First make the filling. Soak the dried mushrooms in boiling water for 15 minutes, then drain and leave to cool slightly. Remove and discard the stalks, then finely chop the caps. Heat the oil in a large frying pan over a high heat, add the chopped mushrooms and fry for 5 minutes. Add the ginger and spring onions and fry for a further couple of minutes. Whisk together the soy sauce, oyster sauce and cornflour in a small bowl until smooth, then pour into the pan. Stir everything together, cook, stirring, for 1 minute until thickened. Tip the filling mixture into a bowl and stir in the remaining ingredients. Cover and chill in the fridge for 30 minutes.

Divide the filling mixture into 24 equal-sized pieces; it may sound like a faff, but if you weigh the pieces of filling to make sure they’re all the same, you will end up with even, perfectly cooked buns as a result. Roll each piece of filling into a ball.

For the dough, mix together the flour, yeast and baking powder in a large bowl. Add the sugar and salt to the water and stir until both have dissolved, then pour into the flour mixture with the oil and stir to form a dough. Tip the dough out onto a work surface and knead for 10 minutes until smooth and stretchy. Alternatively, you can use a stand mixer fitted with a dough hook to make this stage easier on your arms.

Divide the dough into 24 equal-sized pieces, weighing the pieces for accuracy as with the filling. Roll each piece of dough into a ball, then flatten each out into a thin round about 8cm in diameter. Place a ball of filling in the centre of each dough round, then gather the sides up and pinch together to seal. Flip the parcel over and press down to flatten slightly. Transfer the buns to a lightly oiled baking tray, cover with clingfilm and leave to rise at room temperature for 20 minutes.

Now here’s where the recipe splits and you can either steam the buns or steam-fry them (or do both).The choice is yours.

To steam the buns: cut small squares of greaseproof paper and stick one to the underside (ie the sealed side) of each bun. Sit the buns in a bamboo steamer, leaving a 3cm gap between each one to allow them to rise. Cover and steam for 8-10 minutes until risen. Take care when removing the steamer lid – tilt it away from you as you lift it to stop any condensation falling onto the tops of the buns, otherwise it will ruin their neat, shiny tops.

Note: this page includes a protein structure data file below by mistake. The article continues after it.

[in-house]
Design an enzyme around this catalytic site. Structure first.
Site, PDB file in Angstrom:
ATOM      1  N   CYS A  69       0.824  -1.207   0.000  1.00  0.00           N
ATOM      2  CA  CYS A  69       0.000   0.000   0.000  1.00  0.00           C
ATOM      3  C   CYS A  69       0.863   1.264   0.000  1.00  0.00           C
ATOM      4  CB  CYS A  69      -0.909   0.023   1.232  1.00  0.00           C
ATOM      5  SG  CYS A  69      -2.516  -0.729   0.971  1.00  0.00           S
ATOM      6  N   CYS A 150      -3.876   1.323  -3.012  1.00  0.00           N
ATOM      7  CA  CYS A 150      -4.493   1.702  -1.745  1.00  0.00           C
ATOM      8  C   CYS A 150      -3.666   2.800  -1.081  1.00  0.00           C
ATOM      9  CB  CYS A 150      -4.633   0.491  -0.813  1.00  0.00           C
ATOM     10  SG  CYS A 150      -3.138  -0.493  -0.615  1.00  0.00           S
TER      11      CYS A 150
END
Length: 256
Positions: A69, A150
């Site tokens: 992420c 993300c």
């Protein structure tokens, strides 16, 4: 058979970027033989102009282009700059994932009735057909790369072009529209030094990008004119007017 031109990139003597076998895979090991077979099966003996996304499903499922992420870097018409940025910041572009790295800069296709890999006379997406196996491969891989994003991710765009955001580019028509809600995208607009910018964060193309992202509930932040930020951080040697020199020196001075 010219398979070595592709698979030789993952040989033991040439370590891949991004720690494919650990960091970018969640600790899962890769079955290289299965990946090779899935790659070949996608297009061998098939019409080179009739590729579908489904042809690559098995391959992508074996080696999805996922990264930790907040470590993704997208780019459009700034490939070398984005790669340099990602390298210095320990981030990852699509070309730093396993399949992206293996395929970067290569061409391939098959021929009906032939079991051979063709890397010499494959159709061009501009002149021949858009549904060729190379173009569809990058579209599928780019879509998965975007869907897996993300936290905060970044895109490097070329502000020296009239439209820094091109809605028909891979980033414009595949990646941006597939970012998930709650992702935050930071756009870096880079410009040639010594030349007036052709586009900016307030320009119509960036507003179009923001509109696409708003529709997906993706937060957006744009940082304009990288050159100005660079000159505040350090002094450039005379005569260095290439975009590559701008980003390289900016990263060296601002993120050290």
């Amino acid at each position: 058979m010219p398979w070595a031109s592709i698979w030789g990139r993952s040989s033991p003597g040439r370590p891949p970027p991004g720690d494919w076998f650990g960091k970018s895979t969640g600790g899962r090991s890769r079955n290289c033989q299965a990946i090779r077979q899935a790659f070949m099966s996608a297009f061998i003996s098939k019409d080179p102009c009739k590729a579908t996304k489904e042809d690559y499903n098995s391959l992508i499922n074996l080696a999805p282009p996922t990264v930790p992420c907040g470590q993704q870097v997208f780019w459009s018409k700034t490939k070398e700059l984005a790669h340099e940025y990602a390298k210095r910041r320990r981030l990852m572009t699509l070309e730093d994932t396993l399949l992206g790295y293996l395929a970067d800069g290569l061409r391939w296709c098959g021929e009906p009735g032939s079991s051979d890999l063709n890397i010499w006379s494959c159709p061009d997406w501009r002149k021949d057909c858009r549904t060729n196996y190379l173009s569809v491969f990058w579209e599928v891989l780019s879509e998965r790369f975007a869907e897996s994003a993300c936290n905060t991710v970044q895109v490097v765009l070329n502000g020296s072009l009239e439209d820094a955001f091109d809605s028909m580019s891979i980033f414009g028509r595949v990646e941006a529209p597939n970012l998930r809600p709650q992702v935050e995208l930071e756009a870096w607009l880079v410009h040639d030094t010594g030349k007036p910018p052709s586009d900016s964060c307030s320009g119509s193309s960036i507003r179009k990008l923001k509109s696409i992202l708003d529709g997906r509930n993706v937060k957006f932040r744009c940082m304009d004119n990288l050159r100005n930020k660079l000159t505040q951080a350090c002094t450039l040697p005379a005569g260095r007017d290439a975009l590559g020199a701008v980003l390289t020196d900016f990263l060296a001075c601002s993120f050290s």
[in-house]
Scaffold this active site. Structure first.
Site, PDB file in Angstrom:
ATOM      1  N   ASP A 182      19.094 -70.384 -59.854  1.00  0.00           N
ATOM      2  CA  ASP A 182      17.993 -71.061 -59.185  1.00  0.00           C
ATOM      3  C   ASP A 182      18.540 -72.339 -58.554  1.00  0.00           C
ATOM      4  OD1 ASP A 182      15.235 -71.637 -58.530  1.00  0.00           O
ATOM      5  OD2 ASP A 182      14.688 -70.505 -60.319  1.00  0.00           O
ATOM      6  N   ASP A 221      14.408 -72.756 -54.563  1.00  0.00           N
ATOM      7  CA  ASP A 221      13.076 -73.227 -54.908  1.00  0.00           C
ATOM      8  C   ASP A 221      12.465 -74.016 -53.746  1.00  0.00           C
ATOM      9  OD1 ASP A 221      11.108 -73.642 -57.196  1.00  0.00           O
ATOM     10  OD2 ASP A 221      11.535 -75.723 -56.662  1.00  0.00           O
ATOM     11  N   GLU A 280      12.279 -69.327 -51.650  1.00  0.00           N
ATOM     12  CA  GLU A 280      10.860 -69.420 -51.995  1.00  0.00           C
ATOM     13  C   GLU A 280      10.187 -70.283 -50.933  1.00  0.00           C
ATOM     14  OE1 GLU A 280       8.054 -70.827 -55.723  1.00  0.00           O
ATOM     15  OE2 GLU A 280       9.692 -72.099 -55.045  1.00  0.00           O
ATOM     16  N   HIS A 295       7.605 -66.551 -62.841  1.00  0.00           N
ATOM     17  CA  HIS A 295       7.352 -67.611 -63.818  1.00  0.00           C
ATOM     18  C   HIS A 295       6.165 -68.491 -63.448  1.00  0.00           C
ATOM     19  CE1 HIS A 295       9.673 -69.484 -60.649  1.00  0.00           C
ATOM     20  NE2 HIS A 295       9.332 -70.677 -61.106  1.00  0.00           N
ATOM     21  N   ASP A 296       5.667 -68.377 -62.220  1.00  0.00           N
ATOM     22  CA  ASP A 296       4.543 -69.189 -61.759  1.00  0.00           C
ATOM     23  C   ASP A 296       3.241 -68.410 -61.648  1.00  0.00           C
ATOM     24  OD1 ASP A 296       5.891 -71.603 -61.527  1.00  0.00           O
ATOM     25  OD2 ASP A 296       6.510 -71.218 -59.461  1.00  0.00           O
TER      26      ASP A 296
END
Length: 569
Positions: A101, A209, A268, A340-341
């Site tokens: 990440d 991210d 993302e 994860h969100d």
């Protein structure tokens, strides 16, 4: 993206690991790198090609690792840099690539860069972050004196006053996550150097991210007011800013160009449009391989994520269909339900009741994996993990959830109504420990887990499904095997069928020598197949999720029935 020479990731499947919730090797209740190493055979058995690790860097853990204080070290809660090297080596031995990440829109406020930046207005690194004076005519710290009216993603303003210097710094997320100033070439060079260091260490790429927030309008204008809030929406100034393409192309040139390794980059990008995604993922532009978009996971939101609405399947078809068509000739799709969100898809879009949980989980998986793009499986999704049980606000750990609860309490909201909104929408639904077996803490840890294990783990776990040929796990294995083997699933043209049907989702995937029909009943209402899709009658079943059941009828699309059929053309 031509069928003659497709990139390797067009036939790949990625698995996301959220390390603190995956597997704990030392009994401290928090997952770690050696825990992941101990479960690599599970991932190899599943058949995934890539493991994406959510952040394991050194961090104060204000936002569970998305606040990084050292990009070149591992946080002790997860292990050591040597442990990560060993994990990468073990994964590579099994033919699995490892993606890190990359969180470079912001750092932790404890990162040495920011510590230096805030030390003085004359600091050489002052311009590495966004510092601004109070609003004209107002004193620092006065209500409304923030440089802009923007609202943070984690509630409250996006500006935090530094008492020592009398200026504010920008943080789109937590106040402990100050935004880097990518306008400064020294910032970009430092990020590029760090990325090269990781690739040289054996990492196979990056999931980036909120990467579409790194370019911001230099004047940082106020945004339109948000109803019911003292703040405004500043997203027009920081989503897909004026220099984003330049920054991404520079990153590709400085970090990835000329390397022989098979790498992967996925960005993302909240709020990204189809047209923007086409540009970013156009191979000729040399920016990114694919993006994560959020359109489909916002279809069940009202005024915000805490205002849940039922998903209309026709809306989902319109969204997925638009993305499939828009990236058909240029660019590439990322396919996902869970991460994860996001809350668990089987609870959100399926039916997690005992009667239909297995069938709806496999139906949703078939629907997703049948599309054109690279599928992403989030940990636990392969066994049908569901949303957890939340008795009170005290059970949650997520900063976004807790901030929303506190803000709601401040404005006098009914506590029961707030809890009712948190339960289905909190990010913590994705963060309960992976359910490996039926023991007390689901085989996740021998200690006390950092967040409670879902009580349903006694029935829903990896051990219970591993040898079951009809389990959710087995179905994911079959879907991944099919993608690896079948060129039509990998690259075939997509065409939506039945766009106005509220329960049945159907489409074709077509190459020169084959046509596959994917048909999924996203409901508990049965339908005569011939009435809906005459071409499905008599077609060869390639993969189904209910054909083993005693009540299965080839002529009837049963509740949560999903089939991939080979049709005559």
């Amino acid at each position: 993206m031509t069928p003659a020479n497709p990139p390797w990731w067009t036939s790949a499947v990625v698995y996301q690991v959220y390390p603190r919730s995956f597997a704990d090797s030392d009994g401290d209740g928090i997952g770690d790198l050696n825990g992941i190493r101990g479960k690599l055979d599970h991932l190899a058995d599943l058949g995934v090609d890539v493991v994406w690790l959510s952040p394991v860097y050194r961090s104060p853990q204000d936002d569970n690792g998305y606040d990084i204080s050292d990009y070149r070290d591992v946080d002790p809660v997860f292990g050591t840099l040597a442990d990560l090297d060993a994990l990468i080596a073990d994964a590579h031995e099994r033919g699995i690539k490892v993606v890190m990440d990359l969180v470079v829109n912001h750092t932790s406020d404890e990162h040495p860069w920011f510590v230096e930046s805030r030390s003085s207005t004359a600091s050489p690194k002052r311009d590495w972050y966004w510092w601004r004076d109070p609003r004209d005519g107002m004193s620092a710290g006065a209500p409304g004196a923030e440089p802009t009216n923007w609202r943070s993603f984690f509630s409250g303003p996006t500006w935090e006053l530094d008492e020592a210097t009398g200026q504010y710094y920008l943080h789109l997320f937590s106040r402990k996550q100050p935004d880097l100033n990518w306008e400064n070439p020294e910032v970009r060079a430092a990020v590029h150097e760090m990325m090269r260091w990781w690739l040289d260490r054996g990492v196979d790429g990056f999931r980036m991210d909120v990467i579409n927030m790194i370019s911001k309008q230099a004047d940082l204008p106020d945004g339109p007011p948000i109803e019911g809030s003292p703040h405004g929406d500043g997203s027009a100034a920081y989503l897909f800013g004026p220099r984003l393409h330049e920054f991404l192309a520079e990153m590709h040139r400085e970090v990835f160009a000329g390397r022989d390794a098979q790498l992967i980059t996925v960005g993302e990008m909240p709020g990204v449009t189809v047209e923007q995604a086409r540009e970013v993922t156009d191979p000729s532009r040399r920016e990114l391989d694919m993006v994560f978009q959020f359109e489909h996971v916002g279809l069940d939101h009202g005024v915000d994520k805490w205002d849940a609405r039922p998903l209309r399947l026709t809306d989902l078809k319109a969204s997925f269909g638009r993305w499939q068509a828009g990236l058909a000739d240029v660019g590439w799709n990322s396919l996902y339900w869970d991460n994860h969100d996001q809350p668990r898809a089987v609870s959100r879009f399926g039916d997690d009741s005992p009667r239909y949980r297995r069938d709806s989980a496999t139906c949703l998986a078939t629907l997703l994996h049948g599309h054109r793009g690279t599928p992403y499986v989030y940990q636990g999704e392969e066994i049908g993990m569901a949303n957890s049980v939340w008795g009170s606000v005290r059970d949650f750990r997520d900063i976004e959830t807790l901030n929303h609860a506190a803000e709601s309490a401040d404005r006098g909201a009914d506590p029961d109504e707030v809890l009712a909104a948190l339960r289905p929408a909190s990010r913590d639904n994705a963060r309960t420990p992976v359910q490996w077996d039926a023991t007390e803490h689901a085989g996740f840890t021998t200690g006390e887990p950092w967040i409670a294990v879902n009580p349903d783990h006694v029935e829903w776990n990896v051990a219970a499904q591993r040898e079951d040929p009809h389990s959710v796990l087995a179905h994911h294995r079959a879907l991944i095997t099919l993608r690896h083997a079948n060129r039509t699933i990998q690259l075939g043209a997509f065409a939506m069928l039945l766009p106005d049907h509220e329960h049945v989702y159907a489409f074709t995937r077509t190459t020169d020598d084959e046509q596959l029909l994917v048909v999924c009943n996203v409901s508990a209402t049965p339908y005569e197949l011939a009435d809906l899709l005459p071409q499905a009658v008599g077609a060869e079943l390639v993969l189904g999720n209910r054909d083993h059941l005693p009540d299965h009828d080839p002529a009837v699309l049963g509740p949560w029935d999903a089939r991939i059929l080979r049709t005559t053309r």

To steam-fry the buns: you will need to do this in batches. Cover the base of a large, lidded frying pan with a thin coating of oil and set over a medium-high heat. Arrange the buns in the pan, again leaving a 3cm gap between each to allow them to rise. As they start to sizzle, pour in enough boiling water to fill the base of the pan to a depth of about 1.5cm. Cover the pan, then cook for 8-10 minutes until the water has almost completely evaporated. Remove the lid and give the pan a gentle shake, then cook for a further few minutes until the base of the buns are golden and crisp. Flip over onto a serving plate so that the crispy sides are on top.

Note: don’t be tempted to halve the recipe as it doesn’t really split easily. Instead make the full batch and freeze half. They cook perfectly from frozen – just add an extra minute to the cooking time

(Martin Poole)

Gnocchi with caponata and burrata cream

This recipe is my version of a delicious dish that I ate at a Florentine restaurant called Il Santo Bevitore. It’s one of the best restaurants I’ve ever eaten at – one where clever cooking using the very finest, yet simple, ingredients makes a truly memorable meal. Everything we ate there was incredible, but this one dish really stood out.

For the gnocchi

Fine salt
500g desiree potatoes, peeled and quartered
100g 00 pasta flour, plus extra for dusting
1 medium egg, beaten
Fine semolina, for dusting the tray
Splash of olive oil, for oiling and frying
Large knob of butte

For the burrata cream

200g burrata​
2 tbsp extra virgin olive oil
Pinch of sea salt

To serve

½ quantity of caponata (see below)
Grated parmesan

For the gnocchi, bring a large pan of water to the boil and salt it generously. Add the potatoes, reduce the heat and simmer for 25-30 minutes until tender. Drain thoroughly, then arrange the potatoes on a wire rack and leave to steam for 5 minutes.